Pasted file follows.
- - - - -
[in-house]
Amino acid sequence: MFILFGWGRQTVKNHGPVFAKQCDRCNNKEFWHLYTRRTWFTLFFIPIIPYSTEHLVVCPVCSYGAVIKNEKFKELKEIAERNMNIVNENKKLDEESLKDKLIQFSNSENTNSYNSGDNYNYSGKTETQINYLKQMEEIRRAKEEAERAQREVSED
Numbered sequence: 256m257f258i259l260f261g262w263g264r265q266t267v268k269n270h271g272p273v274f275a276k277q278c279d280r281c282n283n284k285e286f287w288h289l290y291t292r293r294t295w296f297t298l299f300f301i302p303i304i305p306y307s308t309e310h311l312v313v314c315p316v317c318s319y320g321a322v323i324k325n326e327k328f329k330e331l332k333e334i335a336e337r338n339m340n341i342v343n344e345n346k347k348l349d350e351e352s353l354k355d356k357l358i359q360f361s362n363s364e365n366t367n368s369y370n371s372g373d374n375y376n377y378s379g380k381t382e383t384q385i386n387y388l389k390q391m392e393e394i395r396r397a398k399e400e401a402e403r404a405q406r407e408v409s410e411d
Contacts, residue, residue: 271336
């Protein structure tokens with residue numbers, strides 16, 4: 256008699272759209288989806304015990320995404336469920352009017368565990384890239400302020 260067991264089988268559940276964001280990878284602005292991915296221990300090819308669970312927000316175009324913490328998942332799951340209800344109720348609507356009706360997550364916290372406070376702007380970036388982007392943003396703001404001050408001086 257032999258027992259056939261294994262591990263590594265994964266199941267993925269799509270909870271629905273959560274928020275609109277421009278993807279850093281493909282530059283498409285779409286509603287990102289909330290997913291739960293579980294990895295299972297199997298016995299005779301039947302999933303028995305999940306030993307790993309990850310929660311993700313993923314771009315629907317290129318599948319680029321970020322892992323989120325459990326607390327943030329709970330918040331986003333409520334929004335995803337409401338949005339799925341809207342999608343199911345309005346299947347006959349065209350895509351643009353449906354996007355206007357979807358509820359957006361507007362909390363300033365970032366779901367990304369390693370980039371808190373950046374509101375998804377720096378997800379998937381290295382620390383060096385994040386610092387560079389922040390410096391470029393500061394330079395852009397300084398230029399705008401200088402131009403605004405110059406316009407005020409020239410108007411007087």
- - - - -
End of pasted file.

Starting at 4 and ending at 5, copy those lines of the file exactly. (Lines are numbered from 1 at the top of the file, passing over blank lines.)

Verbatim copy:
Contacts, residue, residue: 271336
């Protein structure tokens with residue numbers, strides 16, 4: 256008699272759209288989806304015990320995404336469920352009017368565990384890239400302020 260067991264089988268559940276964001280990878284602005292991915296221990300090819308669970312927000316175009324913490328998942332799951340209800344109720348609507356009706360997550364916290372406070376702007380970036388982007392943003396703001404001050408001086 257032999258027992259056939261294994262591990263590594265994964266199941267993925269799509270909870271629905273959560274928020275609109277421009278993807279850093281493909282530059283498409285779409286509603287990102289909330290997913291739960293579980294990895295299972297199997298016995299005779301039947302999933303028995305999940306030993307790993309990850310929660311993700313993923314771009315629907317290129318599948319680029321970020322892992323989120325459990326607390327943030329709970330918040331986003333409520334929004335995803337409401338949005339799925341809207342999608343199911345309005346299947347006959349065209350895509351643009353449906354996007355206007357979807358509820359957006361507007362909390363300033365970032366779901367990304369390693370980039371808190373950046374509101375998804377720096378997800379998937381290295382620390383060096385994040386610092387560079389922040390410096391470029393500061394330079395852009397300084398230029399705008401200088402131009403605004405110059406316009407005020409020239410108007411007087």